This weekend audiences embraced two very different films as the animated blockbuster Up from Disney/Pixar won a close race to retain its position at number one while the raunchy new comedy The Hangover opened stronger than expected finishing close behind in second place. Will Ferrell's time travel action-comedy Land of the Lost had trouble finding audiences with a disappointing third place debut. With big Hollywood actors asking for more and more money, moviegoers spent their cash on two crowd pleasers lacking any major star names. It was a close race for the box office crown but despite losing the Friday battle, muscular Saturday and Sunday sales lifted Up to another weekend in first place with an estimated $44.2M. Off only 35%, the PG-rated hit has now upped its ten-day cume to a robust $137.3M. If the estimate holds, it will be the largest second weekend gross for any film since last summer's The Dark Knight.
Pixar and Disney celebrated their tenth straight number one smash with the 3D flying house flick Up which enjoyed a strong opening atop the North American box office. The new horror film Drag Me to Hell played well to those looking for a scare with its third place finish. Most holdovers fell by more than 50% from last weekend's holiday session but overall sales for the top ten still matched up to last year. Moviegoers spent the weekend with a grumpy old man and an adventurous young scout as the animated film Up debuted at number one with an estimated $68.2M from 3,766 locations. Averaging a stellar $18,109 per location, the PG-rated film continued Pixar's lucky streak which has seen every one of its offerings debut at number one in its first weekend of wide release. Grosses were boosted by extra surcharges that theaters collected for the 3D presentation, the first ever for Pixar. For example, New York City's Lincoln Square theater charges $12.50 for regular tickets, but $16.50 for Up in 3D.
Fox won the holiday battle of the sequels as the adventure comedy Night at the Museum: Battle of the Smithsonian debuted at number one over the long Memorial Day frame easily outgunning its rival, the Warner Bros. sci-fi actioner Terminator Salvation, which opened in second place. Holdovers fared well as the Top 20 films pulled in $220M from 30 million tickets sold virtually matching last year's holiday weekend.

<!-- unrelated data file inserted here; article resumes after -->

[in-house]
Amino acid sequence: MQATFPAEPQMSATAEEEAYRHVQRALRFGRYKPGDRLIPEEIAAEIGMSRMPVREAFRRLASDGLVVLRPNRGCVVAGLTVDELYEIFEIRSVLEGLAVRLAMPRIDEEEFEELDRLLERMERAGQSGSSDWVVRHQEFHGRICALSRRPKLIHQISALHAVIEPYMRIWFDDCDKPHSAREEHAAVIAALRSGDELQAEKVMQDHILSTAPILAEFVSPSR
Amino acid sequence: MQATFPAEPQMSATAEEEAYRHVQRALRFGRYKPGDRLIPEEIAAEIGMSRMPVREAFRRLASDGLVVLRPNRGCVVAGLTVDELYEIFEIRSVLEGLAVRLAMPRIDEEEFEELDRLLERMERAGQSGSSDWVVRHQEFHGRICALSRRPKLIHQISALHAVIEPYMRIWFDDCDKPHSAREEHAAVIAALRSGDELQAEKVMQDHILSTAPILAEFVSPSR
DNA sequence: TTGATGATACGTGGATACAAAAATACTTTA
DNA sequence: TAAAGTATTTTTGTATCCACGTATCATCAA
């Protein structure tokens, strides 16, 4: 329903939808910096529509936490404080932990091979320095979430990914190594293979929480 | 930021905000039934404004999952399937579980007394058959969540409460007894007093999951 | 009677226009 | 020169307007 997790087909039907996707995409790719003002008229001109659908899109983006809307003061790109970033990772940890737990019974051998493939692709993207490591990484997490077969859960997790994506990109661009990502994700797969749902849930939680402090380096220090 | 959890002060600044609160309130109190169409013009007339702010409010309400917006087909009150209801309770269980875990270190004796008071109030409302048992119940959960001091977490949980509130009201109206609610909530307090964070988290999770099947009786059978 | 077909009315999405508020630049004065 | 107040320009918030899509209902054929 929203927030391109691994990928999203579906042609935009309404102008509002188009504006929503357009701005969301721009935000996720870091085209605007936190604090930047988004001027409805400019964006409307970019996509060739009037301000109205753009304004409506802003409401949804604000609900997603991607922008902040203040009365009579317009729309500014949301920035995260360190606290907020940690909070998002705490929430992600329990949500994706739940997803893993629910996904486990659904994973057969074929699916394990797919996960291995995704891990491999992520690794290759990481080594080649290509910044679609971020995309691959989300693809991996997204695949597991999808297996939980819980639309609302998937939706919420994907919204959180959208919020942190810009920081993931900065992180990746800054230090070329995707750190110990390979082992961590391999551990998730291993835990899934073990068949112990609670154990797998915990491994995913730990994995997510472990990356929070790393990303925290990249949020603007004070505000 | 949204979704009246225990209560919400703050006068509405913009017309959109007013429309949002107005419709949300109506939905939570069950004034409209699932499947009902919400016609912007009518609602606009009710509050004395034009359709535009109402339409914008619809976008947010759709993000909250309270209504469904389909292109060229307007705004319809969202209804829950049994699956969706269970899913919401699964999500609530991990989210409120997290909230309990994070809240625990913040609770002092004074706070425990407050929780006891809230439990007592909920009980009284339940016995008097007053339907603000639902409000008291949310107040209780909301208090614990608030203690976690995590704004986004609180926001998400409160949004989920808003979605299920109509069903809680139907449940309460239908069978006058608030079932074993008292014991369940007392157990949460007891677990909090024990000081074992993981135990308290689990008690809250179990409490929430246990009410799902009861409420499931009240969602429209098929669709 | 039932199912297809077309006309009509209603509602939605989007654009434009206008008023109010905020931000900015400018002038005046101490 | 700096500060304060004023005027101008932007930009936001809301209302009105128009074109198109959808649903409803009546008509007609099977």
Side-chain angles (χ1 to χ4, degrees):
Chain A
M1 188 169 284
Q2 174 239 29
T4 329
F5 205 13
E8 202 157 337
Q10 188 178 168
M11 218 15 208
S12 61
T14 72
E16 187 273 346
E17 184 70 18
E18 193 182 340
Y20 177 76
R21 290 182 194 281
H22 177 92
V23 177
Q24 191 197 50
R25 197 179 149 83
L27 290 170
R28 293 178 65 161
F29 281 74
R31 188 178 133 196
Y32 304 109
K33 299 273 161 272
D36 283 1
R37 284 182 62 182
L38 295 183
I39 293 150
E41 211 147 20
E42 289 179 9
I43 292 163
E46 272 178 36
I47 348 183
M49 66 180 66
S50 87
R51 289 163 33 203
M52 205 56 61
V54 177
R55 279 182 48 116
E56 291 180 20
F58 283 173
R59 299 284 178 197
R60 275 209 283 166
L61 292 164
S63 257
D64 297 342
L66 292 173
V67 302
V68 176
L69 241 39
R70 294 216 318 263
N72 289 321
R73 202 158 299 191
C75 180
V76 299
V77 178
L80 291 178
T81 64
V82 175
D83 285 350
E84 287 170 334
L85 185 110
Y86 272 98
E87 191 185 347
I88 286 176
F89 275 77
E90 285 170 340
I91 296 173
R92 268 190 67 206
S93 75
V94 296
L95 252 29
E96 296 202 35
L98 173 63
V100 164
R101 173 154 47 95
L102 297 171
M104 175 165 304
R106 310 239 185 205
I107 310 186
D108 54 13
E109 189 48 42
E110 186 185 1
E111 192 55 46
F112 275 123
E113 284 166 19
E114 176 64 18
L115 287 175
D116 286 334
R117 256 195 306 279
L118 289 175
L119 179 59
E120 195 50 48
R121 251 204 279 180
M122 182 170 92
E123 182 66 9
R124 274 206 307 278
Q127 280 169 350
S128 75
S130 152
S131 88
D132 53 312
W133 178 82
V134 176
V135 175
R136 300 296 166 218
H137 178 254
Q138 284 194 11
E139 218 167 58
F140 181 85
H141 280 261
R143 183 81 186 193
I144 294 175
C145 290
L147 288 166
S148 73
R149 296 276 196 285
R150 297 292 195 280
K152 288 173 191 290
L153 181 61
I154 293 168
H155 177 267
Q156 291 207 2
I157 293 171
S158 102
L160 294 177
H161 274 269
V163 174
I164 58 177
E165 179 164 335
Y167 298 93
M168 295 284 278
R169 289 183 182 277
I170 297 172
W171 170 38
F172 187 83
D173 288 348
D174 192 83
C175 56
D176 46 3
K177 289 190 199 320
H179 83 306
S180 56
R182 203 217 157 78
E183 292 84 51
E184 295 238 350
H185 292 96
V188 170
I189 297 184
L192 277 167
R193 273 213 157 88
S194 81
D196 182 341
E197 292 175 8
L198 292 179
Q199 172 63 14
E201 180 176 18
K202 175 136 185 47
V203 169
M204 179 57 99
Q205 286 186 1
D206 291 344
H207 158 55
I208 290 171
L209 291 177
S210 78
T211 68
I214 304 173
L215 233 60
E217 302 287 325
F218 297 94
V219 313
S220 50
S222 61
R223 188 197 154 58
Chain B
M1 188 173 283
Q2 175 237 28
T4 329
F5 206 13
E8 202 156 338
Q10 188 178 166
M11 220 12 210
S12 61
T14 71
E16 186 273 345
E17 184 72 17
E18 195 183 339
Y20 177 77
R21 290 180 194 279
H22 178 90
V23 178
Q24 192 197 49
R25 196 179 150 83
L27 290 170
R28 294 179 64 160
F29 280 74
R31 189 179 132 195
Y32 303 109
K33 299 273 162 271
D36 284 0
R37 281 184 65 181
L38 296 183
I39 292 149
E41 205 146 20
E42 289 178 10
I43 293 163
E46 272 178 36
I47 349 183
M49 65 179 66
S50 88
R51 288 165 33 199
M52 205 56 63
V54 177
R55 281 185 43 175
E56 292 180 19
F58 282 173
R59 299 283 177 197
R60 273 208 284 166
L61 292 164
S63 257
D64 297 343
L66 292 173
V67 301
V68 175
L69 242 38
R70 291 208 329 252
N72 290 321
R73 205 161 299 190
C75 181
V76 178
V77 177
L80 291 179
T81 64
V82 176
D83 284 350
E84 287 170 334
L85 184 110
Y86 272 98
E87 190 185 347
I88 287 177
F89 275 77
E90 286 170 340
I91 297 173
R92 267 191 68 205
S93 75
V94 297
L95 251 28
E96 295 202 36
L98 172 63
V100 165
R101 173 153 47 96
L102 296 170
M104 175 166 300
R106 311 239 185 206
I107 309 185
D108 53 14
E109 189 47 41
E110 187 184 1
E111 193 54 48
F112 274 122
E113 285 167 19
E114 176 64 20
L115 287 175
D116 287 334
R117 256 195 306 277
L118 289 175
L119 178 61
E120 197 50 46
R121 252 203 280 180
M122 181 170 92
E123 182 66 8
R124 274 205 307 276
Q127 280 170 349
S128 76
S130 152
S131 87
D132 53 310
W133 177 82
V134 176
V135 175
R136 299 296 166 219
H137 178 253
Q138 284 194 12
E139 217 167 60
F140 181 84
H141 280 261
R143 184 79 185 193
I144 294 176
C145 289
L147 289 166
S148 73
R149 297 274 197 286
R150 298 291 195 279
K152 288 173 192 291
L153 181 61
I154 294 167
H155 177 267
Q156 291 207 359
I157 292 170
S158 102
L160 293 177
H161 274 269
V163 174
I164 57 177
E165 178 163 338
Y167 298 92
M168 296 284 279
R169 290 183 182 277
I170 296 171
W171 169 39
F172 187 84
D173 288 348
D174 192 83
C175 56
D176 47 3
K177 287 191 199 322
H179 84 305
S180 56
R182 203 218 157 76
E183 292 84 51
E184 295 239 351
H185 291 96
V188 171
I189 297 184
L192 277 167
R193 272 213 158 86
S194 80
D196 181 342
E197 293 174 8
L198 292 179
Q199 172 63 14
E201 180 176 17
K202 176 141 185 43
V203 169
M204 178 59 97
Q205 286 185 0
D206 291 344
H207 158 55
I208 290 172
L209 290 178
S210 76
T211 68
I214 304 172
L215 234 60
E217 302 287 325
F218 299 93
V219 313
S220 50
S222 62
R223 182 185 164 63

This weekend Tom Hanks and director Ron Howard reteamed for their second Robert Langdon adventure Angels & Demons and reached number one with an opening that was respectable, but not spectacular. More impressive was the remarkable second weekend hold that the sci-fi actioner Star Trek enjoyed close behind in the runnerup spot. A mere $5M separated the two films even though Trek has been in theaters a week longer. With only one new opener, most holdovers saw relatively low declines as for the first time since early February, no film in the top ten dropped by more than 50%. Taking over the top spot this weekend, Angels & Demons debuted with an estimated $48M from 3,527 theaters for a solid $13,609 average per location.
This weekend a classic franchise was reborn as North American moviegoers came out in strong numbers for the new Star Trek which grossed an estimated $76.5M over its extended three-and-a-half-day debut. The impressive figure consists of roughly $4M from early showtimes that began at 7pm on Thursday evening and $72.5M across the standard Friday-to-Sunday period. The $125M Paramount production was a gamble that paid off as the franchise was left for dead after the last installment, 2002's Star Trek: Nemesis, grossed a dismal $43.1M striking out with fans worldwide. The new Trek averaged a solid $18,836 over the three-day period from 3,849 theaters including 138 Imax venues. The $72.5M figure represented the biggest opening ever in franchise history more than doubling the $30.7M of 1996's First Contact, the previous best in the eleven-pic series. But comparisons are not fair since previous films were made for the die-hard fans and enjoyed much lower ticket prices. The new Trek was a reboot with a new younger cast that played to fans and to general action audiences too.
Fox's super hero spinoff X-Men Origins: Wolverine crushed the competition and ruled the global box office kicking off the summer movie season with a scorching debut. The romantic comedy Ghosts of Girlfriends Past opened reasonably well in second place helping the overall marketplace match the same weekend a year ago when Iron Man got 2008's record summer season started.